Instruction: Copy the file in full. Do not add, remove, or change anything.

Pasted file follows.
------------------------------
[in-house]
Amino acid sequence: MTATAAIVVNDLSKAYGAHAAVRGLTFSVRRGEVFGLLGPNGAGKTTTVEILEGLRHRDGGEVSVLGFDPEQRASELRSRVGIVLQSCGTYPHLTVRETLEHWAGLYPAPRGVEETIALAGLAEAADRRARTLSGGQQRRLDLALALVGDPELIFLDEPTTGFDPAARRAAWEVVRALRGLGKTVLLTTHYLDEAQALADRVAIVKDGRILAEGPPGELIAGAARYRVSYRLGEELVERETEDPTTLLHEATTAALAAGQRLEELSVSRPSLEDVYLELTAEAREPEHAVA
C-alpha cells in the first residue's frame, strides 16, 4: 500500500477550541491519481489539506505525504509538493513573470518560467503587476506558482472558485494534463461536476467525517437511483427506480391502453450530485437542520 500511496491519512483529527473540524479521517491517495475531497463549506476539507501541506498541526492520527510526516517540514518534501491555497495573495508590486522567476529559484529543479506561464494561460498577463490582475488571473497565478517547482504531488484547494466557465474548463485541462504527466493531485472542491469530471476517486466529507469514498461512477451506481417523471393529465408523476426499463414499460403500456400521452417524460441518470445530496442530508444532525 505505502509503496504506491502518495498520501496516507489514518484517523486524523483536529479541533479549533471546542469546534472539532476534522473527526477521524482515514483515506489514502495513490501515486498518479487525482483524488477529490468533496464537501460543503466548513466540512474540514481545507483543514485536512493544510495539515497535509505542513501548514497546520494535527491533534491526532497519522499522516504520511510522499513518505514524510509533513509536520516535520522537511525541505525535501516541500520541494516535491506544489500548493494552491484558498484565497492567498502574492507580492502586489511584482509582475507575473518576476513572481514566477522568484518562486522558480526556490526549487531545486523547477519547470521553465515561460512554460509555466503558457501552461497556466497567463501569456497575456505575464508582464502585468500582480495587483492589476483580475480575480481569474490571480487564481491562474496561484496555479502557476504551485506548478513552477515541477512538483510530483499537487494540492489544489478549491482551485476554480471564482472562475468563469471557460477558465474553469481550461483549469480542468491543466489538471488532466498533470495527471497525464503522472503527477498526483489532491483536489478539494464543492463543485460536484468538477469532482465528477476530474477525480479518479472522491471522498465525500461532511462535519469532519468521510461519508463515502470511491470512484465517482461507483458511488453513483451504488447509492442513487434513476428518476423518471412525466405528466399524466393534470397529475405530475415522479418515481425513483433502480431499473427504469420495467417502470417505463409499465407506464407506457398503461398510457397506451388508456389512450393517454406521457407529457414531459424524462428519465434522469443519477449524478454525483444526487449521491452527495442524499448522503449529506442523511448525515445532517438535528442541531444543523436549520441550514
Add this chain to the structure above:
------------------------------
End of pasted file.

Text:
[in-house]
Amino acid sequence: MTATAAIVVNDLSKAYGAHAAVRGLTFSVRRGEVFGLLGPNGAGKTTTVEILEGLRHRDGGEVSVLGFDPEQRASELRSRVGIVLQSCGTYPHLTVRETLEHWAGLYPAPRGVEETIALAGLAEAADRRARTLSGGQQRRLDLALALVGDPELIFLDEPTTGFDPAARRAAWEVVRALRGLGKTVLLTTHYLDEAQALADRVAIVKDGRILAEGPPGELIAGAARYRVSYRLGEELVERETEDPTTLLHEATTAALAAGQRLEELSVSRPSLEDVYLELTAEAREPEHAVA
C-alpha cells in the first residue's frame, strides 16, 4: 500500500477550541491519481489539506505525504509538493513573470518560467503587476506558482472558485494534463461536476467525517437511483427506480391502453450530485437542520 500511496491519512483529527473540524479521517491517495475531497463549506476539507501541506498541526492520527510526516517540514518534501491555497495573495508590486522567476529559484529543479506561464494561460498577463490582475488571473497565478517547482504531488484547494466557465474548463485541462504527466493531485472542491469530471476517486466529507469514498461512477451506481417523471393529465408523476426499463414499460403500456400521452417524460441518470445530496442530508444532525 505505502509503496504506491502518495498520501496516507489514518484517523486524523483536529479541533479549533471546542469546534472539532476534522473527526477521524482515514483515506489514502495513490501515486498518479487525482483524488477529490468533496464537501460543503466548513466540512474540514481545507483543514485536512493544510495539515497535509505542513501548514497546520494535527491533534491526532497519522499522516504520511510522499513518505514524510509533513509536520516535520522537511525541505525535501516541500520541494516535491506544489500548493494552491484558498484565497492567498502574492507580492502586489511584482509582475507575473518576476513572481514566477522568484518562486522558480526556490526549487531545486523547477519547470521553465515561460512554460509555466503558457501552461497556466497567463501569456497575456505575464508582464502585468500582480495587483492589476483580475480575480481569474490571480487564481491562474496561484496555479502557476504551485506548478513552477515541477512538483510530483499537487494540492489544489478549491482551485476554480471564482472562475468563469471557460477558465474553469481550461483549469480542468491543466489538471488532466498533470495527471497525464503522472503527477498526483489532491483536489478539494464543492463543485460536484468538477469532482465528477476530474477525480479518479472522491471522498465525500461532511462535519469532519468521510461519508463515502470511491470512484465517482461507483458511488453513483451504488447509492442513487434513476428518476423518471412525466405528466399524466393534470397529475405530475415522479418515481425513483433502480431499473427504469420495467417502470417505463409499465407506464407506457398503461398510457397506451388508456389512450393517454406521457407529457414531459424524462428519465434522469443519477449524478454525483444526487449521491452527495442524499448522503449529506442523511448525515445532517438535528442541531444543523436549520441550514
Add this chain to the structure above: